Middle East Technical University

Department of Civil Engineering

Ocean Engineering Research Center

Ankara Turkey



Special Research Bureau for Automation of Marine Researches, Far Eastern Branch of Russian Academy of Sciences, Uzhno-Sakhalinsk, Russia










NAMI DANCE is a computational tool developed by Profs Andrey Zaytsev, Ahmet Yalciner, Anton Chernov, Efim Pelinovsky and Andrey Kurkin especially for tsunami modeling. It provides direct simulation and efficient visualization of tsunamis to the user and for assessment, understanding and investigation of tsunami generation and propagation mechanisms. It is developed by C++ programming language by following leap frog scheme numerical solution procedures (Shuto, Goto and Imamura) and has several modules for development of all requirements. In addition to necessary tsunami parameters, NAMI DANCE also computes the distributions of current velocities, fluxes and their directions at selected time intervals, relative damage levels according to drag and impact forces, and it also prepares 3D plots of sea state at selected time intervals from different camera and light positions, and animates the tsunami propagation from source to target.


The following is the general information about the interface of NAMI-DANCE.


Important note: This manual is for NAMI DANCE version 5.0 and later. The developers do not take any responsibility if any hardware/software/network damage of the users property. The users accept the following term of conditions.


  1. There is no warranty for the program, to the extent permitted by applicable law. Except when otherwise stated in writing the copyright holders and/or other parties provide the program “as is” without warranty of any kind, either expressed or implied, including, but not limited to, the implied warranties of merchantability and fitness for a particular purpose. The entire risk as to the quality and performance of the program is with you. Should the program prove defective, you assume the cost of all necessary servicing, repair or correction.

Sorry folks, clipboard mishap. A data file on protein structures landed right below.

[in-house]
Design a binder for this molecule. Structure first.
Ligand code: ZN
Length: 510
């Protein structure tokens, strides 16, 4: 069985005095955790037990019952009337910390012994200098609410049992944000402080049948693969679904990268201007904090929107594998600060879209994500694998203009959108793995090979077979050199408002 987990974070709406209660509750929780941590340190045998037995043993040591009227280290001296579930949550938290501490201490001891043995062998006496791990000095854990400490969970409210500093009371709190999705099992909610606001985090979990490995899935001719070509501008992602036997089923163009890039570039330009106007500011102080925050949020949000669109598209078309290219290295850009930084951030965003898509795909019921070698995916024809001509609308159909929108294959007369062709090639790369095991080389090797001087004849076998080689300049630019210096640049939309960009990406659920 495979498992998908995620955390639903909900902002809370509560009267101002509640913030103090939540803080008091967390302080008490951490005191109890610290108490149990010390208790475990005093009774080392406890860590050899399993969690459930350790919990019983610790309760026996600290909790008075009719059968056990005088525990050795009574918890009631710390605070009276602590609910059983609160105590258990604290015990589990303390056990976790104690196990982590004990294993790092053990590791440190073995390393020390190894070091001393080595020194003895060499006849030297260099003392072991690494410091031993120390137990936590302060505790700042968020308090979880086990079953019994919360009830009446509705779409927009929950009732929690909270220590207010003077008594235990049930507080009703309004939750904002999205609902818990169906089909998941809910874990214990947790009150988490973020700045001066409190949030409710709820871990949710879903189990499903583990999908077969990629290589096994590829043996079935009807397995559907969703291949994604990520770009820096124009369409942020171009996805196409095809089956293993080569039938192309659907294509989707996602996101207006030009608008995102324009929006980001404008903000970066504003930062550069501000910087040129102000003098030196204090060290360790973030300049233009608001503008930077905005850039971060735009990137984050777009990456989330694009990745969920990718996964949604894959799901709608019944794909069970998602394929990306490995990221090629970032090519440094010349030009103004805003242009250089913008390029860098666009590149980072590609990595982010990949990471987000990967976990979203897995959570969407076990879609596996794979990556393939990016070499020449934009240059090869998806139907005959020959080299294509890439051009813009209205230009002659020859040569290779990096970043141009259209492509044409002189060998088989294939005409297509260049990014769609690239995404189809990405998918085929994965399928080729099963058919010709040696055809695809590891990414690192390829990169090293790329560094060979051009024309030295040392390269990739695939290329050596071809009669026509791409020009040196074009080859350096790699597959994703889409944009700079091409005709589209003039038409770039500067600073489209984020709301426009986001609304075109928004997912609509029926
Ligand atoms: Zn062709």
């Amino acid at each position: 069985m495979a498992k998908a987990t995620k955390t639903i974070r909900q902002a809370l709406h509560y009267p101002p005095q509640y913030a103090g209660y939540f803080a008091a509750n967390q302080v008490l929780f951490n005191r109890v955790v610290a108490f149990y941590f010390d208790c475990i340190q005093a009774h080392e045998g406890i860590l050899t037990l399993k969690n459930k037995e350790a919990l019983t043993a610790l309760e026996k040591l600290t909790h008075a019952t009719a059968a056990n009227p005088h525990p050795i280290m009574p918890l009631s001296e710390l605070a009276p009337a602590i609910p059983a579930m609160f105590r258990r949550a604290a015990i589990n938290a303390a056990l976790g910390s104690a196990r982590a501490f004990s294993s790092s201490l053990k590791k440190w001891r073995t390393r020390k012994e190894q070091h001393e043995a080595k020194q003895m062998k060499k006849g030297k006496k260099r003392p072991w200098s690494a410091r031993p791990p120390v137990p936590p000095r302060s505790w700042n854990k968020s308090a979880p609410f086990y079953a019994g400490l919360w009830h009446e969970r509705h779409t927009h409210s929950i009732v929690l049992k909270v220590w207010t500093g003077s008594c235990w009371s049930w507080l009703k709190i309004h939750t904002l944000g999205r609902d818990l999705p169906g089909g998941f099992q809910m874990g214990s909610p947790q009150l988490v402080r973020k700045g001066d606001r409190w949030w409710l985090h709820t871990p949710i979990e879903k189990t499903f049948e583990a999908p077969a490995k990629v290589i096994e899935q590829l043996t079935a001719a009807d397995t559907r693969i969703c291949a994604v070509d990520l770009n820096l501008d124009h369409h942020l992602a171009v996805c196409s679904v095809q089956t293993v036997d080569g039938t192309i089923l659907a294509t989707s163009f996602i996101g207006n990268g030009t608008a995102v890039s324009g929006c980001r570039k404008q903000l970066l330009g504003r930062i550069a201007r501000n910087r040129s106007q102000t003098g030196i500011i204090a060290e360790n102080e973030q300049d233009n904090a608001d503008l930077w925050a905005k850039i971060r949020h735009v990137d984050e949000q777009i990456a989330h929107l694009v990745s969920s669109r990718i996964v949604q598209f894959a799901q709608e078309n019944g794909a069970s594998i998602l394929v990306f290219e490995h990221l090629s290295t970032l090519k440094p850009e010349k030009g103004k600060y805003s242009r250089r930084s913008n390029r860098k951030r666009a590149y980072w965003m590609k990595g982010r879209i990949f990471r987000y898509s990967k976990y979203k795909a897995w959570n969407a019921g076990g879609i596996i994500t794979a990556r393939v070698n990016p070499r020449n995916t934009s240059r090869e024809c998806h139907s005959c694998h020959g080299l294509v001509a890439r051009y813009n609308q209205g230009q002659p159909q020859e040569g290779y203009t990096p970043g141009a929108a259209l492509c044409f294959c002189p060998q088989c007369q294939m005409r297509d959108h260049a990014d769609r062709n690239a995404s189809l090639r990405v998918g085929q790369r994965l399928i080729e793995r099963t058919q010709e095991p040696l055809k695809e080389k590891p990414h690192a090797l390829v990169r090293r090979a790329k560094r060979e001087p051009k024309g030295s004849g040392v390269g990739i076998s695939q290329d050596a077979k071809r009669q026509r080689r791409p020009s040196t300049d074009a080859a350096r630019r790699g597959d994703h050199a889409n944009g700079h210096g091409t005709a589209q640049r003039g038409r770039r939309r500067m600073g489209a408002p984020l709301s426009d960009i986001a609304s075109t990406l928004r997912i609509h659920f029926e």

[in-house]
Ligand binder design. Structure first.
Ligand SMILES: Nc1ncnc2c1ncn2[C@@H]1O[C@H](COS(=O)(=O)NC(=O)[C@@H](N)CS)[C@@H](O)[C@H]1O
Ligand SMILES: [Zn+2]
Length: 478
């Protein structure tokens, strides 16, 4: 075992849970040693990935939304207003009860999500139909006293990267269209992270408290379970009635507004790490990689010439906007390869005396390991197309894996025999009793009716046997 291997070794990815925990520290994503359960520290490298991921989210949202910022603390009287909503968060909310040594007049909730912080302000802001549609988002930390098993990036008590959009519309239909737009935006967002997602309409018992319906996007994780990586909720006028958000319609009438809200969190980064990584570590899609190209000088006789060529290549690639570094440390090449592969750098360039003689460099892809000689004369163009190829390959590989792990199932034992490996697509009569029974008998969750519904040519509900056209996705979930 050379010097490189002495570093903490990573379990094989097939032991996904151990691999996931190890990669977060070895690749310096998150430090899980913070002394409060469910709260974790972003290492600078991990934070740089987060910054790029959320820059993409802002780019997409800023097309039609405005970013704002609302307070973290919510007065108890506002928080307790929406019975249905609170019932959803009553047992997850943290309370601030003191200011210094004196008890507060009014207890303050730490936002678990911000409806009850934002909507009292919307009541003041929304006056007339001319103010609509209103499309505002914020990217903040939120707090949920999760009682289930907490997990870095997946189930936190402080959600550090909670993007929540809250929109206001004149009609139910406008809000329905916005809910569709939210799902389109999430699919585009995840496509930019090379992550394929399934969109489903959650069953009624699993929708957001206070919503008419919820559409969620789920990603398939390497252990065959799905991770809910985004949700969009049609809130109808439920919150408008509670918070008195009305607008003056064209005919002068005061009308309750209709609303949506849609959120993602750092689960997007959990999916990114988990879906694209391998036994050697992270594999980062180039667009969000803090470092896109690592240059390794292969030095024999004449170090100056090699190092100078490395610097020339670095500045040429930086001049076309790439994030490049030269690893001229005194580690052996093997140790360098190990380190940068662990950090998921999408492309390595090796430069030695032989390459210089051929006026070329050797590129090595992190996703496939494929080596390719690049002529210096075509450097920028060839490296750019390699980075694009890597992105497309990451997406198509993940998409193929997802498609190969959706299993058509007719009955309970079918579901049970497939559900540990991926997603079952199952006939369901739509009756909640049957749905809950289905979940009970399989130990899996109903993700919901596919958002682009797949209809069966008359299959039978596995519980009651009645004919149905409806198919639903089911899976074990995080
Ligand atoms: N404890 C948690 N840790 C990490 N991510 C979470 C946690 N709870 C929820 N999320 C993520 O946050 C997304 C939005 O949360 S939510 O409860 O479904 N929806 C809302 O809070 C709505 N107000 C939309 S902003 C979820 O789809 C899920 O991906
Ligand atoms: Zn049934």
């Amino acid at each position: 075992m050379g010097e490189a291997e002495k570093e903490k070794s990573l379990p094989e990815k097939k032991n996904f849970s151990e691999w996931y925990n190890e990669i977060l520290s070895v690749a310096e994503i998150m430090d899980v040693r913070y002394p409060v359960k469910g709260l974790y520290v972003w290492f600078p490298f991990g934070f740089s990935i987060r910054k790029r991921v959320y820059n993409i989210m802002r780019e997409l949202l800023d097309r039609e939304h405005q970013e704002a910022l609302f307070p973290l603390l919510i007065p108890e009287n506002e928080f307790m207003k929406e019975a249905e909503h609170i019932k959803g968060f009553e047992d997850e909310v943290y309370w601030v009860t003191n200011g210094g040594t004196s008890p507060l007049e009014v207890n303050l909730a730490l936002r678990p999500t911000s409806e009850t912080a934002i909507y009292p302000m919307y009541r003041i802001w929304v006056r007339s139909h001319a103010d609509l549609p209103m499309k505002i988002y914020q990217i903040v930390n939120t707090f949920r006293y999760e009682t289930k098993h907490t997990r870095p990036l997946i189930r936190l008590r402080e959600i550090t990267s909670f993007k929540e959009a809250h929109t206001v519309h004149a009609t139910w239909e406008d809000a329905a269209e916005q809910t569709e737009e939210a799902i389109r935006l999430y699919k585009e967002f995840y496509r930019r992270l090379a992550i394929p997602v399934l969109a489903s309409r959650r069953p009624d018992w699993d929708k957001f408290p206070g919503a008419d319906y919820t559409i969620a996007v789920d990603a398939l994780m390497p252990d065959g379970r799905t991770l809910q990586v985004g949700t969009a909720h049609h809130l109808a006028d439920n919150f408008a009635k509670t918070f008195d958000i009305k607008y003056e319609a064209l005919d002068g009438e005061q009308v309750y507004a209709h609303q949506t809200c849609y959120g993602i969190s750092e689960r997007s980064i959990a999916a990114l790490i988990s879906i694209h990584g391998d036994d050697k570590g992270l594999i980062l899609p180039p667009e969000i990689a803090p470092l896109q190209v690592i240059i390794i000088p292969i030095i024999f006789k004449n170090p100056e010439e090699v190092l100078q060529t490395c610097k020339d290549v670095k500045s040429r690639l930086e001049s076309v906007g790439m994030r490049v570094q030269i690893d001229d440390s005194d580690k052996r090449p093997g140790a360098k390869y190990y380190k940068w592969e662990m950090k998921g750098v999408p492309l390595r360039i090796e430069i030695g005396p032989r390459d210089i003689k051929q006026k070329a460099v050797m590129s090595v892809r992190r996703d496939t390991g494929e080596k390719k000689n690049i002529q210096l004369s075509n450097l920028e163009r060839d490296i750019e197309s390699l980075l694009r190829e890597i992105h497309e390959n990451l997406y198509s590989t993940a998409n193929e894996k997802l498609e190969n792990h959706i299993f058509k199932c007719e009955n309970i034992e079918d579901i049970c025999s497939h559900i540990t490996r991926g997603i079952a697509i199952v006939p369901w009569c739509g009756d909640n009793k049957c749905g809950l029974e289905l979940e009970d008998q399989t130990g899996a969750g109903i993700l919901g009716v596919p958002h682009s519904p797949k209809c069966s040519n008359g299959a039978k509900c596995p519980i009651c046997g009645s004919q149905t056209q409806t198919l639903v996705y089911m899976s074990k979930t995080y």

2. The user must inform the developers if any output of using NAMI DANCE will be published or presented.
  3. If the user encounters any bug while using NAMI DANCE he/she must contact the developers for solutions.
  4. The user must reference NAMI DANCE and the developers Zaytsev, Chernov, Yalciner, Pelinovsky, Kurkin. 







3.1. “File” Menu. 5

3.2. “View” Menu. 5

3.3. “Bathymetry” Menu. 5






9. 3D PLOTTING.. 28

9.1 Plotting the Sea State at a Specific Time. 29

9.1.1 Multipliers. 31

9.1.2 Preparing BMP Plots for Animation. 32

9.2 Sample Applications for Indicating the Effect of Multipliers on Visualization. 32

9.3 Camera Settings. 35

9.4 Creating Animations from the Output Files. 36










State-of-the-artand Phases of Tsunami Modeling


Tsunami is one of the most important marine hazards generally triggered by earthquakes and/or submarine/subaerial landslides. In general, tsunami might affect not only the area where it is generated but add:alsoat substantial distance away from generation region. Tsunami science needs close cooperation between basic and applied sciences and also from international to local level authorities.  The tsunami modeling and risk analysis are necessary for better preparedness and proper mitigation measures in the framework of international collaborations. Better understanding, wider awareness, proper preparedness and effective mitigation strategies for tsunamis need close international collaboration from different scientific and engineering disciplines with exchange and enhancement of existing data, development and utilization of available computational tools.

Modeling is one of the essential components of tsunami studies in scientific and operational level. Tsunami modelling has several phases in which exchange and enhance of available earthquake and tsunami data, bathymetric and topographic data in sufficient resolution, selection of possible or credible tsunami scenarios, selection and application of the validated and verified numerical tools for tsunami generation, propagation, inundation and visualization must be covered.


In general, there are several unique phases of tsunami modeling for a specific region.